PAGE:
The Status bar is situated on the bottom of the UI and the Activity bar on the left. At this stage, the Sidebar (usually situated between the status bar and the editor section) will be closed.
From here, workspaces, project files and directories (folders) can either be created, imported and/or cloned (using Git commands). Before being able to work with non-default programming languages and/or functionalities, additional extensions need to be installed first.
Installing VS Code extensions
Some coders like setting things up before they start working with projects. For Visual Studio Code, this might mean installing additional extensions.
By selecting the Extensions icon from the Action bar, the Extensions sidebar will open. Here you can toggle between installed and popular (non-installed) extensions.
Desired extensions can be chosen and/or searched for. More information, such as the description, version, number of downloads and star rating can be obtained by clicking on the desired extension.
Extensions are installed/uninstalled by clicking on their respective buttons.
Opening and creating projects
After the required extensions have been installed, new projects can be created or existing projects can be imported. Projects (represented by files and directories) are managed using the Explorer sidebar.
Creating a new project
To create a new project, a representing directory (folder) needs to be created first. This can be done from VS Code by pressing on the Open Folder button situated in the default explorer area.
Project folders can be created anywhere, as long as they are situated on the local device. The Windows File Explorer can be used to create directories on the fly while selecting them.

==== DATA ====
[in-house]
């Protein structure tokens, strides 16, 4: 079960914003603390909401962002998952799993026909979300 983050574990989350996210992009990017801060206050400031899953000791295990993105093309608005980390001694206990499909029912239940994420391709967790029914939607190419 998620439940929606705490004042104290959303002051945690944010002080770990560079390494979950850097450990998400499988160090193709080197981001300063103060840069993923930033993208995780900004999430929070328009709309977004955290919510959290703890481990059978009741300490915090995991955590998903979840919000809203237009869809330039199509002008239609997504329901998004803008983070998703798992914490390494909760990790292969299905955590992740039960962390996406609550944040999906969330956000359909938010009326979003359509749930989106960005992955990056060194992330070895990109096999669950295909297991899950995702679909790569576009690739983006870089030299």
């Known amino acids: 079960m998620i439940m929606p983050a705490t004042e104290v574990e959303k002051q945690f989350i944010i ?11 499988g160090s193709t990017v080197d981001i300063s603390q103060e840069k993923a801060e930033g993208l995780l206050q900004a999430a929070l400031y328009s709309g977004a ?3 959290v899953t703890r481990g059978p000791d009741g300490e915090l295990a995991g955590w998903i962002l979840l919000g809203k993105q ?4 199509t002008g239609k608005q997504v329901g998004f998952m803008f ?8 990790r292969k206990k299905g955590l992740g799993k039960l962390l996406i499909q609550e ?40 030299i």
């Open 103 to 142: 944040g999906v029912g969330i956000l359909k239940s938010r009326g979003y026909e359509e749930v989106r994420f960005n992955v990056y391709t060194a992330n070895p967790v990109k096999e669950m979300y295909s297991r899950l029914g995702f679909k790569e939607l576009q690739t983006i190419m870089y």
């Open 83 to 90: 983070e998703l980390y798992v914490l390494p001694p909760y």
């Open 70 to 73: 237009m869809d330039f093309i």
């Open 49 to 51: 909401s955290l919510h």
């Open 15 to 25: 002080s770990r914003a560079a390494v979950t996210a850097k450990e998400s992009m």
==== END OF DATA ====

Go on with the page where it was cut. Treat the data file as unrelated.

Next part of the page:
After the project directory has been selected, new project files can be created by using the File-menu -> New File, the New file icon next to the opened directory or by pressing Ctrl + N on the keyboard. Files need to be saved (Ctrl + Shift + S) using with their appropriate file extension (e.g. .HTML, .js or .css).
New projects can later be imported again as existing projects. Projects can also be grouped into Workspaces.
Opening an existing project
Previously saved or existing projects can also be imported into the Visual Studio Code Explorer. This can either be done by drag-and-dropping the desired file or project folder onto the Explorer sidebar, by pressing on the Open Folder button situated in the default Explorer sidebar or by using the File-menu -> Open File…/Open Folder…
When a second project folder is opened, VS Code will ask to either create a workspace or to copy the second folder into the first one. If the second option is chosen, the second directory will literally be copied into the first one, even in the Windows file structure.
To be able to work with different projects separately, project folders should rather be opened in separate Windows.
Folders can be removed from the Explorer area by choosing File -> Close Folder. This will not delete the original files.
Creating a Workspace
In Visual Studio Code a Workspace is created when a project consists of one or more root folders, along with all of the configurations settings. These include settings, recommended extensions and project-specific debugging configurations.
As mentioned earlier, VS Code will prompt to create a workspace when a second folder is imported using the Explorer section. After a Workspace has been created it can be saved and opened at a later stage again. The options for working with Workspaces (i.e. Open, Close and Save As…) is situated in the File menu.
Files and folders can be removed from a Workspace by right=-clicking on the folder to be removed and choosing Remove Folder from Workspace from the dropdown menu.
Visual Studio Code is a great piece of software for creating smaller code projects. It is available for all major operating systems and is easy to install and use. Although the basic functionality is limited (which is considered its appeal), it is quite powerful and can be extended using a plethora of extensions.